Kirby Institute researchers have authored a report evaluating whether new HIV at-home or community-based testing models would be an acceptable and feasible approach to boost HIV testing in Papua New Guinea (PNG).
“PNG experiences one of the highest burdens of HIV in the Pacific*, and there is currently no regulatory support for the available self-testing kits in the country,” says Associate Professor Angela Kelly-Hanku, who co-authored the report with Dr Stephen Bell. “However, testing rates are extremely low. It’s important that we explore a range of options to increase testing, because as we know, knowing your HIV status essential to initiating treatment, and curbing transmission.”
Self-testing is recommended in the latest World Health Organization (WHO) guidelines on HIV testing services as a tool to work towards achieving the global goal of 90% of people knowing their HIV status. It involves a person collecting their own saliva or blood specimen, and performing an HIV test in a private setting. It is a relatively new method of testing and its benefits include the removal of barriers such as geography, as well as the stigma sometimes associated with visiting a sexual health clinic.
There are a range of approaches to self-testing, both assisted and unassisted. However, with a lack of PNG-specific data available, Associate Professor Kelly-Hanku and Dr Bell undertook an extensive review of previous studies and literature into HIV self-testing in other low- and middle-income settings, as well as broad community consultation in PNG to establish what people knew and how they felt about this approach. They developed a set of recommendations to support the implementation of community-based HIV testing; locally described as a Haus Dur (house door) model.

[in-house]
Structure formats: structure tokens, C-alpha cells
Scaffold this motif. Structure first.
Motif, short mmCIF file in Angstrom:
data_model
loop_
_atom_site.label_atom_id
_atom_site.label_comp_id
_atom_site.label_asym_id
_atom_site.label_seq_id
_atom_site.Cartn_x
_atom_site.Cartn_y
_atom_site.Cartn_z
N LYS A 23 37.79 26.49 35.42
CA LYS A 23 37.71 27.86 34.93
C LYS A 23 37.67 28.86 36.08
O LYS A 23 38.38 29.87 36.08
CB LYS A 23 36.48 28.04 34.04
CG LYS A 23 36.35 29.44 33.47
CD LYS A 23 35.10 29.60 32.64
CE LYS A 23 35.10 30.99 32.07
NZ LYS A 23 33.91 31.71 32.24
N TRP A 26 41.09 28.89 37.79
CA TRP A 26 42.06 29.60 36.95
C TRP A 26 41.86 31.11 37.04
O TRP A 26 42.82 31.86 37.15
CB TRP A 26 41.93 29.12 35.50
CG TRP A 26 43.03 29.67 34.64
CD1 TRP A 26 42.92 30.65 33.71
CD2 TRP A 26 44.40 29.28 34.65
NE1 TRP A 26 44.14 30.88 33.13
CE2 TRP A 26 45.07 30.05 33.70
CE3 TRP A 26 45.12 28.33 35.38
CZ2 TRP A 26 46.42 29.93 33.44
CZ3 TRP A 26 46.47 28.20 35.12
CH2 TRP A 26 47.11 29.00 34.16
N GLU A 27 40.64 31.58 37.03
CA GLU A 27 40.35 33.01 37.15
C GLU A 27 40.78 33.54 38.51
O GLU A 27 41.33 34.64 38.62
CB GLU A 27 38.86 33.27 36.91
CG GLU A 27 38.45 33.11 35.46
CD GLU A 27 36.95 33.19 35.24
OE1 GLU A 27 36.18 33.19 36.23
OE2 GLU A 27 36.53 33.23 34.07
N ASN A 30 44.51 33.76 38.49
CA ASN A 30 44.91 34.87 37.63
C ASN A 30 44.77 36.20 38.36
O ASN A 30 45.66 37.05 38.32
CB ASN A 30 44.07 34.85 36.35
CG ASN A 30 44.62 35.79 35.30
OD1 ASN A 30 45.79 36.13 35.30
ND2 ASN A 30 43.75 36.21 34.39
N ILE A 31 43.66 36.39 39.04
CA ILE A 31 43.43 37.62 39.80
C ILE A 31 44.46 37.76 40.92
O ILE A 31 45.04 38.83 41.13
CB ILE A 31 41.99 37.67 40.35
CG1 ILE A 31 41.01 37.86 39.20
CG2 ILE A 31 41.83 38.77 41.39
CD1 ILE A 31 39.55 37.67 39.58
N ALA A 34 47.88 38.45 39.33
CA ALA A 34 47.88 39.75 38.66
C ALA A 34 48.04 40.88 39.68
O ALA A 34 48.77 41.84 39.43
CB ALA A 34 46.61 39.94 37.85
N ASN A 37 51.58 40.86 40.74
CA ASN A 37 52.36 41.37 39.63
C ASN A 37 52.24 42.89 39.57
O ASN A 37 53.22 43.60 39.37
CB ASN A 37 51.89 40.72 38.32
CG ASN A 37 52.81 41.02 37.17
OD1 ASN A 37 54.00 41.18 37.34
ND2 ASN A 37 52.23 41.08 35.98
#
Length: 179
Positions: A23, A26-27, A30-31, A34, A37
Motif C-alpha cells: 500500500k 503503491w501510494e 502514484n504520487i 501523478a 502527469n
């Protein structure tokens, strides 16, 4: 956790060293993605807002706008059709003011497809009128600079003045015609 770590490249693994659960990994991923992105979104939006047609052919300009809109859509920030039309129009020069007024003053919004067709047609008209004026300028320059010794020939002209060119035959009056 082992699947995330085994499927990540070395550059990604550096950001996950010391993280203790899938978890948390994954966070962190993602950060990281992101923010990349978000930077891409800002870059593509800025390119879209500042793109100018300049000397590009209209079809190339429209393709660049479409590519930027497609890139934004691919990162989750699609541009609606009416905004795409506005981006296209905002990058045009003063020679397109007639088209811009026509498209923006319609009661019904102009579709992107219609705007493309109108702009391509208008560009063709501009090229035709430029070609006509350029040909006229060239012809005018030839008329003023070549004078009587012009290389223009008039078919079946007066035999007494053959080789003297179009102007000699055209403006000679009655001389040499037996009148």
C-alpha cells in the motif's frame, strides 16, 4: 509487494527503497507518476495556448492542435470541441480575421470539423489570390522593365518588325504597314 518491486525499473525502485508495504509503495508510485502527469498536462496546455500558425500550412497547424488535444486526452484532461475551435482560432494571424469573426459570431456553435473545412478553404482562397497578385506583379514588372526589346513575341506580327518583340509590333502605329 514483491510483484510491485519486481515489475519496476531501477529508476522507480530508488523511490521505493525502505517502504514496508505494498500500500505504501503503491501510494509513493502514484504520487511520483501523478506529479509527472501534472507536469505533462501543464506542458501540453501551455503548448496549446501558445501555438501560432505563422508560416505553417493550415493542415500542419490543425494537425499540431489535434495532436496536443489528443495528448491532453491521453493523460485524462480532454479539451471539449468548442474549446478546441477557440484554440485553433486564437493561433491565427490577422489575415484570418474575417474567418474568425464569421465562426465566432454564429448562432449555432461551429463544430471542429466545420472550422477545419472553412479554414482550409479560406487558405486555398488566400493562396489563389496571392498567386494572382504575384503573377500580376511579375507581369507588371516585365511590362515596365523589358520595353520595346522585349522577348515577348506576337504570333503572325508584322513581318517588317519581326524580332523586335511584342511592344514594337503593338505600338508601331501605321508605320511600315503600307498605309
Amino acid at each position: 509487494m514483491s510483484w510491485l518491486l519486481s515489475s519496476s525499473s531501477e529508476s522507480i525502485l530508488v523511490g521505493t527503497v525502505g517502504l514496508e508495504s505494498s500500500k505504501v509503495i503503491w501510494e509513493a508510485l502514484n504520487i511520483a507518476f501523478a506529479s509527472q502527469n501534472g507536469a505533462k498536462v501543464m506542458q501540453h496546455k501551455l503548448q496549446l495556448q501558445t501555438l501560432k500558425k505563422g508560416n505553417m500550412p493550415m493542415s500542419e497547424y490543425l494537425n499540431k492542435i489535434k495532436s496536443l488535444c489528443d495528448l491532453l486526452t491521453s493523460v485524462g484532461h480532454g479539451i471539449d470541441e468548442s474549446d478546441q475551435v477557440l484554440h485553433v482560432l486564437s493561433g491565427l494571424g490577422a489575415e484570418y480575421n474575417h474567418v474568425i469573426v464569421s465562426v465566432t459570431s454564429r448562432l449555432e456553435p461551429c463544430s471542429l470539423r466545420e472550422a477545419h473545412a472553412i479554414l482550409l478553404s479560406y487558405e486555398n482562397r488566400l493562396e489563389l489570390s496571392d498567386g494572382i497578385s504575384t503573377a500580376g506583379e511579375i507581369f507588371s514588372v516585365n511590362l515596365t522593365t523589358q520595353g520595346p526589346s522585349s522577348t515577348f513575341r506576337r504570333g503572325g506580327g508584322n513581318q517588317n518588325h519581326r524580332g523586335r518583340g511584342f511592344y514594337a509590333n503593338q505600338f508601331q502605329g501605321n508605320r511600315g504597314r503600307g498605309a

“In some low- and middle-income settings, people are comfortable administering the test themselves, but in PNG, it was found that there was a clear preference for some involvement of a trained healthcare worker, to support the delivery of results,” explains Associate Professor Kelly-Hanku.
The cultural considerations are complex. Taking testing out of the clinic and into the community via Haus Dur would be a positive step, and the presence of a healthcare worker would mean that should a positive result be returned on the spot, the person would have immediate access to counselling and treatment initiation. But there are some challenges to consider. “There was strong objection over saliva testing for a range of reasons, including the risk of undermining PNG’s HIV prevention and education efforts to date that have repeatedly emphasised that the risk of transmission via saliva is extremely low,” says Dr Bell. “We need to consider these factors alongside the logistics of rolling out community-based testing from financial, workforce and resourcing perspectives.”
Ultimately, however, the community consultation conducted for this report has revealed an opportunity to drastically improve HIV testing in PNG. The recommendations set out by Associate Professor Kelly-Hanku and Dr Bell provide a blueprint to begin to roll out such a program. “If Haus Dur HIV testing is implemented properly, with the close involvement of both the community and local health experts, it could fill a huge gap in HIV testing in PNG and set this country in greater stead to working towards the WHO 90-90-90 targets,” says Associate Professor Kelly-Hanku.
* PNG has the highest burden of HIV in the Pacific, and a concentrated HIV epidemic among key populations, with one in five female sex workers in Mt Hagen, for example, living with HIV.
Article updated on 11.11.2019.